Her training completed, Nikita is sent back into the world as “Marie,” with instructions that her missions will be conveyed to her through the codename “Josephine” (a reference to famed entertainer and World War Two spy Josephine Baker?). Far from her dark and messy life prior to the instigating crime, Nikita settles into a seemingly normal life with her new boyfriend, Marco (Jean-Hugues Anglade), as she reintegrates into life in Paris, now buoyed by her lessons from her training. It isn’t long, however, until “Josephine” is called for her first mission. Like an actress backstage, Nikita has her costume changed (into a maid’s outfit), is handed a tray of props (disguised gadgets), and is sent out on stage (to her target’s hotel room).
When Bob sends Nikita and Marco to Venice, her skills as both an actress and a spy are doubly put to the test. Ostensibly a gift from generous “Uncle” Bob, the trip to Venice turns out to be another mission to be completed. In her hotel bathroom, Nikita finds and assembles the pieces of a sniper rifle (placed as if on a well-laid stage). While she gingerly punches a glass pane out of the window and positions herself to shoot her target, Marco, from the other side of the door, broaches the heretofore undiscussed topic of “Marie’s” guarded personality. Not only must Nikita remain inconspicuous in her attempt to take out her target, but she also has to keep up her facade of normalcy against Marco’s questioning. Though her mission is completed successfully, Marco almost catches her with her rifle, and her focus on her mission and not his questions wind up appearing cold.
Upset by her inability to be honest with Marco, but nevertheless continuing to succeed as an assassin, Nikita is assigned another mission. This time, she is tasked with trailing a diplomat and stealing documents from an embassy. When the mission goes awry in the diplomat’s all-white apartment (reminiscent of her former cell), Nikita quickly springs into action, disguising herself as the now-dead diplomat in order to retrieve the targeted documents without detection. Again, her ability to act is the way out of a seemingly inescapable white room, though this time her escape is much faster. No longer the unaware junkie, nor even the unsure beginner spy, Nikita is now able to save herself as this mission continues to implode around her, eventually driving away from the embassy unscathed. When Marco then reveals that he knows about her secret life, the escape continues with Marco’s encouragement and Bob’s reluctant acceptance. Nikita gives a new meaning to “disappearing into a role.”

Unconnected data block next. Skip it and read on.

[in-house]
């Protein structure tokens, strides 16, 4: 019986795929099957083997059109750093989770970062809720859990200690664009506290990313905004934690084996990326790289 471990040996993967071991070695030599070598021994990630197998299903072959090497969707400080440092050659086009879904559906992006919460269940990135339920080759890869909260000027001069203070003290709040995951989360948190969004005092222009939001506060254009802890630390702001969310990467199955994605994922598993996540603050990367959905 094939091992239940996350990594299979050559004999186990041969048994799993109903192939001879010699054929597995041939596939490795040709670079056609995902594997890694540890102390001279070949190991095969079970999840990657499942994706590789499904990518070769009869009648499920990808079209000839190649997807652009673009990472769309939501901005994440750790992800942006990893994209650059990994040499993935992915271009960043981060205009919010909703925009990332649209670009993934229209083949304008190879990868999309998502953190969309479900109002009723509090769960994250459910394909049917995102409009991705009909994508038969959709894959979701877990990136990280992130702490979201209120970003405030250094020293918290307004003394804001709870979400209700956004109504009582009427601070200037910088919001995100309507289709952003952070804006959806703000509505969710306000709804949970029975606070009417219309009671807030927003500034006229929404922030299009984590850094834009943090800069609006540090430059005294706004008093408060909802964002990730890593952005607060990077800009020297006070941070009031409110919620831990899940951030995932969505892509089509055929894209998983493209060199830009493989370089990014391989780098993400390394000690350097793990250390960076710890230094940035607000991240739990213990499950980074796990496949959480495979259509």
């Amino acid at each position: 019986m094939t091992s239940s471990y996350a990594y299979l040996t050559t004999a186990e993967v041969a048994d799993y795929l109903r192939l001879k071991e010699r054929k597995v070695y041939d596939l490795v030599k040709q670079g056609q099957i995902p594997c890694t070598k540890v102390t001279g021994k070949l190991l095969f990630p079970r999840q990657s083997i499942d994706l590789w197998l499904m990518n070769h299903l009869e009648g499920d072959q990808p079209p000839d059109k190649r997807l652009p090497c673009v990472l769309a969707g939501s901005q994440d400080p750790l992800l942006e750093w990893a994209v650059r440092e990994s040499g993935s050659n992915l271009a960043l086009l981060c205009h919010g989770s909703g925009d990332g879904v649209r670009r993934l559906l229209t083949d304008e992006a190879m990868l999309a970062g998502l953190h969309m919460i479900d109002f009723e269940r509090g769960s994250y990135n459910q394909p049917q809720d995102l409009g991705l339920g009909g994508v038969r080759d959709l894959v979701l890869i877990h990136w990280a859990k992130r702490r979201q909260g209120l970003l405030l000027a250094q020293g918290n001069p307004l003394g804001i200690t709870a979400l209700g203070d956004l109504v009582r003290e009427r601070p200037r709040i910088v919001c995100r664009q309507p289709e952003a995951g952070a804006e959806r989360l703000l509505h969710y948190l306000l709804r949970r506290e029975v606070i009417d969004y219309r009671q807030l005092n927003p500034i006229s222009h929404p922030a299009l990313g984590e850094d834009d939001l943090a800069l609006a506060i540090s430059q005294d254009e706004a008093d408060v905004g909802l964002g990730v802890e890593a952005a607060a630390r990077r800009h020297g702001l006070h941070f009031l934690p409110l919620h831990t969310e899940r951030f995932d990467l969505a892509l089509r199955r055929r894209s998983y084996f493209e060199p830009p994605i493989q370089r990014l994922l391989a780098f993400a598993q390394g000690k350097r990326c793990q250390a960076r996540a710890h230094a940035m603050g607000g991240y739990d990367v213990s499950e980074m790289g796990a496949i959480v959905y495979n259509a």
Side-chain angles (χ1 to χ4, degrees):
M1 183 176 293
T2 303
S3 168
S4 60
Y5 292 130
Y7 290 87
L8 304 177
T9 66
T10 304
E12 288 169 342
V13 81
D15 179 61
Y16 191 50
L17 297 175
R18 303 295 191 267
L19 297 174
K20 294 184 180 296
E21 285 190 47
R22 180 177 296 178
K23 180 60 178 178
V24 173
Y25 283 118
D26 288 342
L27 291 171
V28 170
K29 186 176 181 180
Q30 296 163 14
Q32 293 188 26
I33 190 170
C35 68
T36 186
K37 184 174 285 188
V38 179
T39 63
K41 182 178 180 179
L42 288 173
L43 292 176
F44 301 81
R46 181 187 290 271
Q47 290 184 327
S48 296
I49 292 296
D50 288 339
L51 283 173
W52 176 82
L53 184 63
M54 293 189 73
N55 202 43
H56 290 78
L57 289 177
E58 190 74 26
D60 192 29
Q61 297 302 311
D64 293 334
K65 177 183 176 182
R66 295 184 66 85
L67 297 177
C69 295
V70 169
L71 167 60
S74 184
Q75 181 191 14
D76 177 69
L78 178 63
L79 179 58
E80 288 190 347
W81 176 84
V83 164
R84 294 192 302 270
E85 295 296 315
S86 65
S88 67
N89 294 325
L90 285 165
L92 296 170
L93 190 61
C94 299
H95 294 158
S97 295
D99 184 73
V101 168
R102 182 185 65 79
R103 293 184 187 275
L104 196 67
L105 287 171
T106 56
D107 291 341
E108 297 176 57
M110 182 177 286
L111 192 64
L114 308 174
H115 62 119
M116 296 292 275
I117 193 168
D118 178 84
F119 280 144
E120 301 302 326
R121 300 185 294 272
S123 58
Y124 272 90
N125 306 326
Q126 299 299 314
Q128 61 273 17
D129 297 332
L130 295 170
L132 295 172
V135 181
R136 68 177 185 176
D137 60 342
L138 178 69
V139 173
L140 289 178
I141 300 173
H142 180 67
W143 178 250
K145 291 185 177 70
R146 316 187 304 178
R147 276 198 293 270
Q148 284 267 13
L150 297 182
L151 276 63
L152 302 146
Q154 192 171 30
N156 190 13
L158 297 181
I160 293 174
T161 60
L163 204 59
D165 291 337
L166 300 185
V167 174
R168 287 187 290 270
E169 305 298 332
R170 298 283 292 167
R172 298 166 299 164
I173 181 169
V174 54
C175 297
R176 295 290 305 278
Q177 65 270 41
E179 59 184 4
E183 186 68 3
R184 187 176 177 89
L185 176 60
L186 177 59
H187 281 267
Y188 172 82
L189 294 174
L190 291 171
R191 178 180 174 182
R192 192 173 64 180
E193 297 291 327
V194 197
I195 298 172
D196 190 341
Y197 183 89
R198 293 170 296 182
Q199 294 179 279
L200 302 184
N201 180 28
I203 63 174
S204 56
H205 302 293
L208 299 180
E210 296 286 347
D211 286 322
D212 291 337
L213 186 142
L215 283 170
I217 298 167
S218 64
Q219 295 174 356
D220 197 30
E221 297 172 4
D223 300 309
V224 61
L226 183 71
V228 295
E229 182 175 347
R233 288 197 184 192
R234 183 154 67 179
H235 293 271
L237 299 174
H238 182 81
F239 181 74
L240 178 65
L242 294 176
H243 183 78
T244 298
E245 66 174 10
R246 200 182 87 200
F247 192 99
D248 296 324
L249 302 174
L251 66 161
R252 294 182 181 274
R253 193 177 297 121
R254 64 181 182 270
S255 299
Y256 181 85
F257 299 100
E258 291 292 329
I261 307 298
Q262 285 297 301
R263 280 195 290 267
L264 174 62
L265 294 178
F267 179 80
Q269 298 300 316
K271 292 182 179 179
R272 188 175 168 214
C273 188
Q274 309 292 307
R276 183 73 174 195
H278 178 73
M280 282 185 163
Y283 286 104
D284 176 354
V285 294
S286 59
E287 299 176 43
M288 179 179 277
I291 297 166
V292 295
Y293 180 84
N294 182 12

This idea of identity and role-playing is central to spy movies. From Roger Thornhill’s mistaken identity in North by Northwest to George Smiley’s hunt for a Soviet double agent in Tinker Tailor Soldier Spy, the drama hinges on characters’ ability to hide, prove or ferret out their or others’ identities. Even in something like Mr. and Mrs. Smith that goes in a more comedic direction, the comedy still hinges on the protection and revelation of the titular spouses’ hidden identities. And while these identities are propelling the plot forward, the actors behind these characters are engaged in their own identity games to create the characters who are so focused on the identities around them. With Nikita, the relation between these two is made clear, as we watch Nikita undertake both of these processes at the same time (which also highlights Anne Parillaud’s César Award-winning work as Nikita). Though rarely made as explicit, the idea of spying as acting (or vice versa) is pervasive throughout the genre, and once you start to look for it, it is hard to unsee.